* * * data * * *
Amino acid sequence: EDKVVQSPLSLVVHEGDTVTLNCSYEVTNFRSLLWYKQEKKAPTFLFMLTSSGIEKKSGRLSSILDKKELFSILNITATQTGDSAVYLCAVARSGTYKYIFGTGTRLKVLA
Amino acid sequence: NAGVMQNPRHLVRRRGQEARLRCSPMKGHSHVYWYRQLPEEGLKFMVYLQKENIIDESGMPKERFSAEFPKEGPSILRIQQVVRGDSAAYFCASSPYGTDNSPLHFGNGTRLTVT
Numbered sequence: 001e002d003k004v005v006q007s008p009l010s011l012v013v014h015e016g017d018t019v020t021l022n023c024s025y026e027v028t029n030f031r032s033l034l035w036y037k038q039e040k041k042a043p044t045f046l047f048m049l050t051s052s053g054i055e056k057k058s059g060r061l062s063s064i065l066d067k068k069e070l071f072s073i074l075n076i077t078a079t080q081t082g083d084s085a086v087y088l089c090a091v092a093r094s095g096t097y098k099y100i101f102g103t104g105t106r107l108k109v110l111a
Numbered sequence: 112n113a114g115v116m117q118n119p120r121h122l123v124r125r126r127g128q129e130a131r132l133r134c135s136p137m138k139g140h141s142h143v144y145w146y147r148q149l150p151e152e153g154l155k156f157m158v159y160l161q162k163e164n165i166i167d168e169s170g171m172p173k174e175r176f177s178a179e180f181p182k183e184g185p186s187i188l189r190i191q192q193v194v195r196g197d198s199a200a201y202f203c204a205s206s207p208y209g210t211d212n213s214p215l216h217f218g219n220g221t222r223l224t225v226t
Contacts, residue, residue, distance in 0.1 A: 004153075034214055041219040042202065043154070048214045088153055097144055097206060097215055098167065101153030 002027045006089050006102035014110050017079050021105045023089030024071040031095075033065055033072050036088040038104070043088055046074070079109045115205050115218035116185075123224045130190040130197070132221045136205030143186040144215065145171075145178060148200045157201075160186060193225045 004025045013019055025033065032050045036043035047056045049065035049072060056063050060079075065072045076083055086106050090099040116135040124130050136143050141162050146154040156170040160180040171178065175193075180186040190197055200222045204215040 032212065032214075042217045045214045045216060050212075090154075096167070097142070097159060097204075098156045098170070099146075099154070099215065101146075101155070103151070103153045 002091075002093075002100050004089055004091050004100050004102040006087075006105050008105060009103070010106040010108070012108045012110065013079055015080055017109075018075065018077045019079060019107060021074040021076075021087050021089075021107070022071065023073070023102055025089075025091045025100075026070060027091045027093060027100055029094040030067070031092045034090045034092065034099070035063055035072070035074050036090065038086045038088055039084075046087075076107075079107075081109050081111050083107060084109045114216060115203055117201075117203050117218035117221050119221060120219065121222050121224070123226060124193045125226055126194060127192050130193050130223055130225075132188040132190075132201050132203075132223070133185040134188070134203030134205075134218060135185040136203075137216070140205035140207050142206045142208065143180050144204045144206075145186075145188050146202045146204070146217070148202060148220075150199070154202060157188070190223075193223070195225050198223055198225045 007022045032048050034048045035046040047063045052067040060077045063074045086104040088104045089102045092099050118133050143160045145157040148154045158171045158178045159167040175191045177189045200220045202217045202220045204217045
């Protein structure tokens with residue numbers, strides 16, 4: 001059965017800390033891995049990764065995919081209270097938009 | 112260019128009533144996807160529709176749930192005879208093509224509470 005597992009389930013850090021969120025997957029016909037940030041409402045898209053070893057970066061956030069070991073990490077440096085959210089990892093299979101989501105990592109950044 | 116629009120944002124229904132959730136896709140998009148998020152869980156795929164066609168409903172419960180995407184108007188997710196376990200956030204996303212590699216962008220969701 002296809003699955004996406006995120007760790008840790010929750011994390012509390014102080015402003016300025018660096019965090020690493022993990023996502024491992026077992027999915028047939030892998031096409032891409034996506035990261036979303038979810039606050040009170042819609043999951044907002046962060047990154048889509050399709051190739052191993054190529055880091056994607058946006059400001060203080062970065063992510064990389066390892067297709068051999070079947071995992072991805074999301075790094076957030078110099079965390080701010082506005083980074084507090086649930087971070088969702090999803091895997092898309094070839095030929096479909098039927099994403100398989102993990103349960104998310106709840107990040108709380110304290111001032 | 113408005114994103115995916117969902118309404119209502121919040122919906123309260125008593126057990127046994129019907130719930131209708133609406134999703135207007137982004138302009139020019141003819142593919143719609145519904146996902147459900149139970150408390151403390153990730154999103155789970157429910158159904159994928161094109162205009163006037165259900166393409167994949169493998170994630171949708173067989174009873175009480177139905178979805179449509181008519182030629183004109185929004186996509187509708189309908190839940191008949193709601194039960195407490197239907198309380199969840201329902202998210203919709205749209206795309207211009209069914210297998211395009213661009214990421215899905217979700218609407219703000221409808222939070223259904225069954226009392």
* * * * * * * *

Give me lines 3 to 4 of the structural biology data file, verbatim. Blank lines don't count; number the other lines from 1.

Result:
Numbered sequence: 001e002d003k004v005v006q007s008p009l010s011l012v013v014h015e016g017d018t019v020t021l022n023c024s025y026e027v028t029n030f031r032s033l034l035w036y037k038q039e040k041k042a043p044t045f046l047f048m049l050t051s052s053g054i055e056k057k058s059g060r061l062s063s064i065l066d067k068k069e070l071f072s073i074l075n076i077t078a079t080q081t082g083d084s085a086v087y088l089c090a091v092a093r094s095g096t097y098k099y100i101f102g103t104g105t106r107l108k109v110l111a
Numbered sequence: 112n113a114g115v116m117q118n119p120r121h122l123v124r125r126r127g128q129e130a131r132l133r134c135s136p137m138k139g140h141s142h143v144y145w146y147r148q149l150p151e152e153g154l155k156f157m158v159y160l161q162k163e164n165i166i167d168e169s170g171m172p173k174e175r176f177s178a179e180f181p182k183e184g185p186s187i188l189r190i191q192q193v194v195r196g197d198s199a200a201y202f203c204a205s206s207p208y209g210t211d212n213s214p215l216h217f218g219n220g221t222r223l224t225v226t